While there are as many variations as there are mums and dads, researchers have identified three main digital parenting styles. Which of the three best describes you? And which is most likely to keep your child safe, happy and responsible online?
Your 12-year-old wants TikTok. How do you respond?
Your answer can tell you a lot about your digital parenting style - even if you didn’t know you had a digital parenting style.
Maybe you didn’t even know you had one. But if you have a child aged between 2 and 18 - you have definitely evolved a digital parenting style that shapes your thinking and behaviours around how technology is used in your family.
3 main styles
A study by Dr. Alexandra Samuel based on data from 10,000 North American families found three distinct styles of digital parenting: Limiters, who strictly limit any kind of technology use; Enablers, who directly or indirectly encourage their kids to spend time with their devices; and Mentors, who actively engage with the digital world of their children, often participating side-by-side.
The study found positive effects from each of three styles, which were evenly distributed across the study population. “Limiters raise the tough questions about what tomorrow’s world will look like,” Samuel notes.
“Enablers recognise that the digital world will be a huge part of their kids’ lives. Mentors prepare their kids for the digital world, so they can be responsible digital citizens.”
But it was parents who adopted the third style - the Mentors - whose children were most likely to stay safe online.
The children of strict Limiter parents ran the risk of feeling like “digital exiles” when parents withheld technology or ignored its importance in the life of their children. The result? Those kids often seek out digital distractions, take risks and misuse screen-time.
“Once they get online,” the study noted, “it’s the children of limiters who are most likely to get into patterns of repeated, problematic online behaviour.” That included:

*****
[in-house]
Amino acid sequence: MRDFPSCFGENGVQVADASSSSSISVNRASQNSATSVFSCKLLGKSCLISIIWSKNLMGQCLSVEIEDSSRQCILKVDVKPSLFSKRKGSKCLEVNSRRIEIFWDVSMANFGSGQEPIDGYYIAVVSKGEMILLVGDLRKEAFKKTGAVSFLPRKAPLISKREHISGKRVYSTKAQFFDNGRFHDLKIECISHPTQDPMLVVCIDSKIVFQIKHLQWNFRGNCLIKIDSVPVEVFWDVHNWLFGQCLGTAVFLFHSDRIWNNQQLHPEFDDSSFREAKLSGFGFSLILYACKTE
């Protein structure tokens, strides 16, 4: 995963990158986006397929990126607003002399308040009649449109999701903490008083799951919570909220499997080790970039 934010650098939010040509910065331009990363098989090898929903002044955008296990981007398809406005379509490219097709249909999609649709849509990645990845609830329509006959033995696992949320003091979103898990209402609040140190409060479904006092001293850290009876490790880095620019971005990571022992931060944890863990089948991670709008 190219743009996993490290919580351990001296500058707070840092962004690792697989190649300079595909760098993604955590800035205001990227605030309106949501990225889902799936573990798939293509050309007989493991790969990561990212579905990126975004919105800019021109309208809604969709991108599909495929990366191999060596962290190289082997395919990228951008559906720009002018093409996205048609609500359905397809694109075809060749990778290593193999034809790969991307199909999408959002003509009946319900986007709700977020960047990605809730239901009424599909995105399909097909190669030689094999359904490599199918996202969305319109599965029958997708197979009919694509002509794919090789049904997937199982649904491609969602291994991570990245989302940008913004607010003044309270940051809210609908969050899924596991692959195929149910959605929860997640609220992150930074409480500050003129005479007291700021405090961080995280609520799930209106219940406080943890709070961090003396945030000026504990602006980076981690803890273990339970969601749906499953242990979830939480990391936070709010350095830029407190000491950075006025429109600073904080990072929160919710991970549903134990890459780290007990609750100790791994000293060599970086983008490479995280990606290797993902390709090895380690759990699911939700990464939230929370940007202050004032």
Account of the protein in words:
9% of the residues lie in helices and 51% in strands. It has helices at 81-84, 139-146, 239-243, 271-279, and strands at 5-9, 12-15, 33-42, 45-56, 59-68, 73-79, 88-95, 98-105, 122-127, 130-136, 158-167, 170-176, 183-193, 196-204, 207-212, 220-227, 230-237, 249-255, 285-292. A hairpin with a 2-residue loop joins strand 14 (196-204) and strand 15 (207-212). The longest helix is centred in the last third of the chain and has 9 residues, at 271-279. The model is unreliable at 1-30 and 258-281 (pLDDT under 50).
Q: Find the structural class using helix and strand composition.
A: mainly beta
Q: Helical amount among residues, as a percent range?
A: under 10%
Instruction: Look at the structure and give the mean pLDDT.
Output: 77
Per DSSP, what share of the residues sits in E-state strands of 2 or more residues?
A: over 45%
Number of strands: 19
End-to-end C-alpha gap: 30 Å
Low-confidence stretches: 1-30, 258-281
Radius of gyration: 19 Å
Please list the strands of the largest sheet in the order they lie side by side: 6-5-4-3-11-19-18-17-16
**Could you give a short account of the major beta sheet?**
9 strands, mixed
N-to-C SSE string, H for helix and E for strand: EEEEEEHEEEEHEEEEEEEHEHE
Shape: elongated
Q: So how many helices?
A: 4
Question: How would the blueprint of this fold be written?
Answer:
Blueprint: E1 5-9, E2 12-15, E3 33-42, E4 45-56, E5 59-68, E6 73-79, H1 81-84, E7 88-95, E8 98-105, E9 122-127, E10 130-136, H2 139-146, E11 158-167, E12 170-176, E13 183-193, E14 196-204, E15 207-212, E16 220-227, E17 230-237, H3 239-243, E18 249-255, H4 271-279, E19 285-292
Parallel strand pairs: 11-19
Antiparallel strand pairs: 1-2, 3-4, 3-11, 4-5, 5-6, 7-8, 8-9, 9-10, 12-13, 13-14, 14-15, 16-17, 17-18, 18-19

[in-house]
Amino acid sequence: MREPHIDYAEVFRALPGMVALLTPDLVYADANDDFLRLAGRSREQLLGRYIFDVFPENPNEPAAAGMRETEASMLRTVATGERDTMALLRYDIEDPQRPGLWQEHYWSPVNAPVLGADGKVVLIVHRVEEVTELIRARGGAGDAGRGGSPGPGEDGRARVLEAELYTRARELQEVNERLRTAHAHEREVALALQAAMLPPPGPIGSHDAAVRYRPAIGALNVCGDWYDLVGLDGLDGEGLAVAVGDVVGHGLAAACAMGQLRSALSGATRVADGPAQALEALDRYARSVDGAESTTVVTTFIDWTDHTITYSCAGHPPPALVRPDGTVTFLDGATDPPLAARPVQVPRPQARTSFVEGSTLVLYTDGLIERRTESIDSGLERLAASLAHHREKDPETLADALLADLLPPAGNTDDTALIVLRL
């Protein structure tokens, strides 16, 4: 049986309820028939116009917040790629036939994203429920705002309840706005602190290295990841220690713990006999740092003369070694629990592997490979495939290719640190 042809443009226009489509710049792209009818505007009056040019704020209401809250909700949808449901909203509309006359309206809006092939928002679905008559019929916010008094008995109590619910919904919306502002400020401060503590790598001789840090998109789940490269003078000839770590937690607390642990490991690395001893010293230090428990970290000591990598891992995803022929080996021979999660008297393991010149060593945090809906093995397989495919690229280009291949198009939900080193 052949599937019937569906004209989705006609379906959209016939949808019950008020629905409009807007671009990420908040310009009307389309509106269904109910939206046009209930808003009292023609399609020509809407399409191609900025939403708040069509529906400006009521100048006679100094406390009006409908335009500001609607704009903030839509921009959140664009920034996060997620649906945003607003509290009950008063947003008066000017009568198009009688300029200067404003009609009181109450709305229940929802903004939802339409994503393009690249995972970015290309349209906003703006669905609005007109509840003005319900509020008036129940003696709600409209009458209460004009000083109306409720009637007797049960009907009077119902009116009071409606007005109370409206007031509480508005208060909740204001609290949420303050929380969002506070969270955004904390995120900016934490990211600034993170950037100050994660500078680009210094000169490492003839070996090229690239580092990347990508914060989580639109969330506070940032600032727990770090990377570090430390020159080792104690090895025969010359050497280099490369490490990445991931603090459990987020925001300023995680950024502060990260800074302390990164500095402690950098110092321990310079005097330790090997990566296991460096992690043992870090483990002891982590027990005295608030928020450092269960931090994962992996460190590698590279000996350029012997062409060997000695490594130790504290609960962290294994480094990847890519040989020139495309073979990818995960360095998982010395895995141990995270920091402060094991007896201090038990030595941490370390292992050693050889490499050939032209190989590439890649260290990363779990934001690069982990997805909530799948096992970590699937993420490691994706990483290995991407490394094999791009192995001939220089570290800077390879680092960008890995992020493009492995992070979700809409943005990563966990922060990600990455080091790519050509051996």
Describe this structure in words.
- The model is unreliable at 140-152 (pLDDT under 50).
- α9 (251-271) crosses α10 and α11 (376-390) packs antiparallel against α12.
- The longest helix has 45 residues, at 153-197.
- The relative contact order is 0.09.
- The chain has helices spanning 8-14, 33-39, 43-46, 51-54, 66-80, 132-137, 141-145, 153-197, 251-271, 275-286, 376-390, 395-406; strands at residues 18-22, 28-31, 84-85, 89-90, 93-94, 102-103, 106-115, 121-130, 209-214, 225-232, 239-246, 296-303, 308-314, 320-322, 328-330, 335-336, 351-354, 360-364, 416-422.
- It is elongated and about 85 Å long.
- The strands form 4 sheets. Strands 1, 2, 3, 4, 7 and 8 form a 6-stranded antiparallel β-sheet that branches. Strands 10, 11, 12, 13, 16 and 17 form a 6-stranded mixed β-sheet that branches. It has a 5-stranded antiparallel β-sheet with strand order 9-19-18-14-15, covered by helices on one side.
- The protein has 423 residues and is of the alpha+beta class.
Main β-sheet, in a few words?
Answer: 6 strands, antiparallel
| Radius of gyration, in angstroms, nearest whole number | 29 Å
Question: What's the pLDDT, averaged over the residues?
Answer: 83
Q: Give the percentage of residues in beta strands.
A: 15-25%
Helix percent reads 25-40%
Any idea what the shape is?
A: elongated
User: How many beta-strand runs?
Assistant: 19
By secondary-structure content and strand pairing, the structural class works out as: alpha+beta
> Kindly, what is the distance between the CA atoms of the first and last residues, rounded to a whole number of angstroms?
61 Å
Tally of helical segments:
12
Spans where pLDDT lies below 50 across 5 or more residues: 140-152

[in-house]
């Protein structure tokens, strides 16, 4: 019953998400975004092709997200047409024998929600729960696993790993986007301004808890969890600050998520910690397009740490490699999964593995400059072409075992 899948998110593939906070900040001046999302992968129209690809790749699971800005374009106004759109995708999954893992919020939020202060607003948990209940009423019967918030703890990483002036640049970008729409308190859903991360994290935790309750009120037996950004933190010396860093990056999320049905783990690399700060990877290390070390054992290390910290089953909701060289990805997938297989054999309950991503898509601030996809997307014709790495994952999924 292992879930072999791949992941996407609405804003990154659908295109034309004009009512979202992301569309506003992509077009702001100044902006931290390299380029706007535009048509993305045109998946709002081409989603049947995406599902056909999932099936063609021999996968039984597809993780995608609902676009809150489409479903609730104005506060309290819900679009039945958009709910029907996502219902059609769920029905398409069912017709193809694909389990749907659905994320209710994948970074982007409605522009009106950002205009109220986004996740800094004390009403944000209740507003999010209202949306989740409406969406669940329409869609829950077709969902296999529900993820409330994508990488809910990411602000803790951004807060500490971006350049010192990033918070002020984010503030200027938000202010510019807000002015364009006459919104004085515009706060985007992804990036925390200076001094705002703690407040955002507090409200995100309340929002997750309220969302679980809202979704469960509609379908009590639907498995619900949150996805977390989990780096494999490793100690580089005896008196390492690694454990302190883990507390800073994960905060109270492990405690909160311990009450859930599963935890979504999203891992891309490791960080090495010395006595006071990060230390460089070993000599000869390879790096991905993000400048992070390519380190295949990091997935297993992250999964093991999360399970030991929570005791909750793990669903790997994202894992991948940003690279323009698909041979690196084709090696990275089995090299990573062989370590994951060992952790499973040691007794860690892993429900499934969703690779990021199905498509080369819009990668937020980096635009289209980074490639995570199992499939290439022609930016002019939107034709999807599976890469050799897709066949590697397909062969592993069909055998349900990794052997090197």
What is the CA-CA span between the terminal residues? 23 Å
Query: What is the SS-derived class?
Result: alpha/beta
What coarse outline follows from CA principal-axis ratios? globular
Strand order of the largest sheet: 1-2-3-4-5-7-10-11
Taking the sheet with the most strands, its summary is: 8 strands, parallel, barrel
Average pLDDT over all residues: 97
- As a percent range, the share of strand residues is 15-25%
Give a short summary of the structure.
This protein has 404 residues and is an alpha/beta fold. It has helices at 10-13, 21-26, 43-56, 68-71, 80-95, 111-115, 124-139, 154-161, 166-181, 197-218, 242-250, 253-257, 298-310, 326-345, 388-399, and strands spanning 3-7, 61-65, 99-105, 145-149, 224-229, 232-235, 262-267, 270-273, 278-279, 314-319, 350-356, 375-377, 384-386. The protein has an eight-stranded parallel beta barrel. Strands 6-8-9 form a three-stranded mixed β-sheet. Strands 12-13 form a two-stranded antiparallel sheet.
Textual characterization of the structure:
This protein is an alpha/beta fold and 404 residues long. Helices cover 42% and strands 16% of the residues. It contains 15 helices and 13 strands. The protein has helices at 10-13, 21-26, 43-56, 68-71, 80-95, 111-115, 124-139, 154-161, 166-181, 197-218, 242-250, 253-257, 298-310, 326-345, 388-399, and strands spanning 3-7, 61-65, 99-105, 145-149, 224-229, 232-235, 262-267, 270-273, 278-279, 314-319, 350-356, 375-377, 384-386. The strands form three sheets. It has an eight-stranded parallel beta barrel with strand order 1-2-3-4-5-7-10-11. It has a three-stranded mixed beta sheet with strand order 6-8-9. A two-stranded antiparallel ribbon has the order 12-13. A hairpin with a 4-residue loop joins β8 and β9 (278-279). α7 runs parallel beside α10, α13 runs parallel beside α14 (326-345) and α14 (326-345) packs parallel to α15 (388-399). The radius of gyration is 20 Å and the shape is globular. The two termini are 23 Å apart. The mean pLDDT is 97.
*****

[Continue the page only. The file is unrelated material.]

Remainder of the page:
“Once they get online, it’s the children of limiters who are most likely to get into patterns of repeated, problematic online behaviour.”
Trusting "good kids"
Enabler parents were at the other end of the digital parenting spectrum. They were apt to show too much trust in their children’s judgment, with a laissez-faire approach characterised by a lack of boundaries. Such parents may mistakenly assume that “good kids” - like theirs - will not be vulnerable to online risks or misuse.
Yet research clearly shows that nothing could be further from the truth.
The “goodness” of children cannot protect them from online dangers, anymore than it can shield them from real-life dangers.
Parents who don’t provide guidance and boundaries for their digital children are setting them up for risk.
Sharing the digital joy
Mentor parents, who accounted for 33% of those studied, emerged as the most successful at preparing their children to participate responsibly in a digital world. Their strategies were all about communication with their children, being open to online experiences, modelling positive behaviours and sharing the digital joy.
These parents were, by far, the most likely to:
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